Honiara [Solomon Islands]: Solomon Islands’ latest security deal with China has stirred a political storm in the islands, with the Opposition demanding a reversal of the pact.
Solomon Islands’ main opposition leader Matthew Wale said there is no transparency in the China-Solomons agreement and added that the people do not want the pact with Beijing.
Wale added that there is strong opposition to Prime Minister Manasseh Sogavare’s security deal with China. He also claimed that those opposed to the deal included members of Sogavare’s government as well.
In conversation with The Strategist, Wale stated that the vast majority of ordinary Solomon islanders did not want any sort of security arrangement with China, and they would be very concerned about this one being signed.
“It’s clear to me that the vast majority of ordinary Solomon islanders do not want a base here, or even this deal. A majority of the people do not want China here at all in the first place,” said Wale.
The opposition to high profile security deal with China cannot be seen in isolation. It is linked to the 2021 Solomon Islands unrest. The Solomon Islands had previously been among only a handful of countries with diplomatic ties to Taipei rather than Beijing, a significant proportion of which are in the South Pacific. In September 2019, PM Sogavare established formal diplomatic ties with China. According to news reports, around 730 million US dollars worth of financial aid had been promised by Beijing to the Solomons, one of the Pacific’s poorest nations, in exchange for the move. This led to Taiwan terminating its diplomatic relations with the Solomon Islands after 36 long years.
The government’s decision to switch diplomatic relations with China was opposed by Malaita Province Premier Daniel Suidani, who had openly criticised the government. Malaita province is the most populous island in the Solomon Islands archipelago. South Pacific geopolitical researcher Ed Cavanough had told abc.net.com there was evidence that a relationship between the province and Taiwan remained in some form.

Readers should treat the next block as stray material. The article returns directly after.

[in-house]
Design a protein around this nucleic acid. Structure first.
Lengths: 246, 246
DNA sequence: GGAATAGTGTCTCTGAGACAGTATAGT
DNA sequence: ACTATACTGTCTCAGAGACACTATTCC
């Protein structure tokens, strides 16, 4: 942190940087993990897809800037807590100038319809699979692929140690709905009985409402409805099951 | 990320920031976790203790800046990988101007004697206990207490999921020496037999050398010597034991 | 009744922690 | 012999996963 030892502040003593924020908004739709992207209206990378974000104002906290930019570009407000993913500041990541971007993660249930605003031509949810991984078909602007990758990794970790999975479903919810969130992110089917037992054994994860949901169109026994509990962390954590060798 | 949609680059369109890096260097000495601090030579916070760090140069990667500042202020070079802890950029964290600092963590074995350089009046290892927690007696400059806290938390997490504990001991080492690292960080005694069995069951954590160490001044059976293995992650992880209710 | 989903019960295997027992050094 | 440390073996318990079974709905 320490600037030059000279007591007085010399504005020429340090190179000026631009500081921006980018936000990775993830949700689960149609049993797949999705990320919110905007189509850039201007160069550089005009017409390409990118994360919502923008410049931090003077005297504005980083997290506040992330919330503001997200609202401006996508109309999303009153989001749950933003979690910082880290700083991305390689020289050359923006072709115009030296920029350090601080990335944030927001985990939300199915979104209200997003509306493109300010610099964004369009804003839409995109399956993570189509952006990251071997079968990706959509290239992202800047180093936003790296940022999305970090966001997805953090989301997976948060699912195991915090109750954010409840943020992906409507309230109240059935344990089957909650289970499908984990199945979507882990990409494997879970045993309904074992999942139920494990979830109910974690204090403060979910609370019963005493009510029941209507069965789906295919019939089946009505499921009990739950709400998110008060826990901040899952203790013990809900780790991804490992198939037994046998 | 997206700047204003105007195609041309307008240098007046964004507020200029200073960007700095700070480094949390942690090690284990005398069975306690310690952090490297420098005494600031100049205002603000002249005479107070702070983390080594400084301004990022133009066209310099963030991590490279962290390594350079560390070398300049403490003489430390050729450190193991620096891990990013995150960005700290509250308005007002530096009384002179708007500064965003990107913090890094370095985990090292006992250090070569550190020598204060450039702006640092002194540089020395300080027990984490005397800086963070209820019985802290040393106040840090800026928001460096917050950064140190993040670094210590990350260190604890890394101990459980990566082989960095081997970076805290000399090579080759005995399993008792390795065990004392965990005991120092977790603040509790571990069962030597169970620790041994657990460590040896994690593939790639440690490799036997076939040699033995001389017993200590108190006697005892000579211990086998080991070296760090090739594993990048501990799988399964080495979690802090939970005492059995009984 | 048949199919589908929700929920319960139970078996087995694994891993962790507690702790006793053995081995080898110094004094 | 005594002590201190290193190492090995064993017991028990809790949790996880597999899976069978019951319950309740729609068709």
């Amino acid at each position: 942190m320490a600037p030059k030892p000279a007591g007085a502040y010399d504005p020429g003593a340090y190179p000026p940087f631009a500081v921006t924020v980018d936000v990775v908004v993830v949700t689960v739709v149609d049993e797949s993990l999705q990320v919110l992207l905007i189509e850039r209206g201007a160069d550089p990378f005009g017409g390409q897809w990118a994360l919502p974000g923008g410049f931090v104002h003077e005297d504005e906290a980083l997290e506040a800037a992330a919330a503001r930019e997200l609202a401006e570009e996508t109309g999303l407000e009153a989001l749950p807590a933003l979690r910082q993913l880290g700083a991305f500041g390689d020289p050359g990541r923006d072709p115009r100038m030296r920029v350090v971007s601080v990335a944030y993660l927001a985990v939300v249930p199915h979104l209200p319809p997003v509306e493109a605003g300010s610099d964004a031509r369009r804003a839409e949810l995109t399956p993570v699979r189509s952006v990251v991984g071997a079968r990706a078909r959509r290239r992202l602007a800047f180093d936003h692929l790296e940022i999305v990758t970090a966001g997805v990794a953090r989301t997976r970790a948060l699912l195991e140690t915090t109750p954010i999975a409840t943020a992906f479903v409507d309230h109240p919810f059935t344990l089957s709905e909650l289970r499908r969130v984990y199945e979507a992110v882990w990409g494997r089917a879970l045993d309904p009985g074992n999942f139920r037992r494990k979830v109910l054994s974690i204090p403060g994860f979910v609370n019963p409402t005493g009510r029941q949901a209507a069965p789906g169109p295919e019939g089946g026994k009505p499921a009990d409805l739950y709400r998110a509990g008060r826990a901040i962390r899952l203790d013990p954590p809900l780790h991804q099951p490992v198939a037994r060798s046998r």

Unlike the national government, Malaita Province continued to be supported by Taiwan and the United States, with the latter sending 25 million US dollars of aid to the island in 2020. Malaita Province premier Suidani held an independence referendum in 2020, which the national government had dismissed as illegitimate. Rising unemployment and poverty, worsened by the border closure during the COVID-19 pandemic, have also been cited as a cause of the unrest. Chinese businesses were also accused of giving jobs to foreigners instead of locals.
The islands witnessed a series of demonstrations and violent riots in November 2021. It had started off as a peaceful protest against the government’s decision to recognise China over Taiwan which turned out violent as protesters attempted to storm Parliament to depose PM Sogavare. Businesses, mainly in the islands’ capital, Honiara’s Chinatown district, were burnt and looted. A police station had been set on fire. The police had used tear gas shells to disperse protestors, and the government had sought help from the Australian Government. Australia had deployed the Australian Federal Police and Defence Force. Papua New Guinea and Fiji had also dispatched peacekeepers, while New Zealand deployed police and troops.
A no-confidence motion was moved in the Parliament by the opposition member, but it got defeated on the floor of the house in December 2021.
Honiara has also seen violent demonstrations target ethnic Chinese-owned businesses in the past. In 2006, following the election of then Prime Minister Snyder Rini, rioters looted and burned Chinese-owned businesses because of claims that the election had been rigged with the financial assistance of Chinese businesspeople.
Many Chinese residents were left homeless, and the riots led to the deployment of Australian and New Zealand soldiers to help restore order.
Meanwhile, Prime Minister Manasseh Sogavare assured that the security pact with China would not hurt or undermine peace and harmony in the region.
The international community has expressed shock over the security deal. New Zealand and Australia have reacted with frustration to the news. These countries expressed fear that it may provide for China to establish a military base in the Pacific. The United States has also expressed its concerns over the pact. Senior US officials plan to travel to the country this week to express their deep concern and make an attempt to nullify the security deal.
Meanwhile, Chinese observers pointed out that the “concerns” expressed by the US and Australia over the security pact showed that they use the South Pacific region as an “arena” for competition with China and try to contain China’s peaceful development. They added that the US and Australia might increase military cooperation and civilian investment in the Solomon Islands and other South Pacific countries to counter China’s rising influence. (ANI)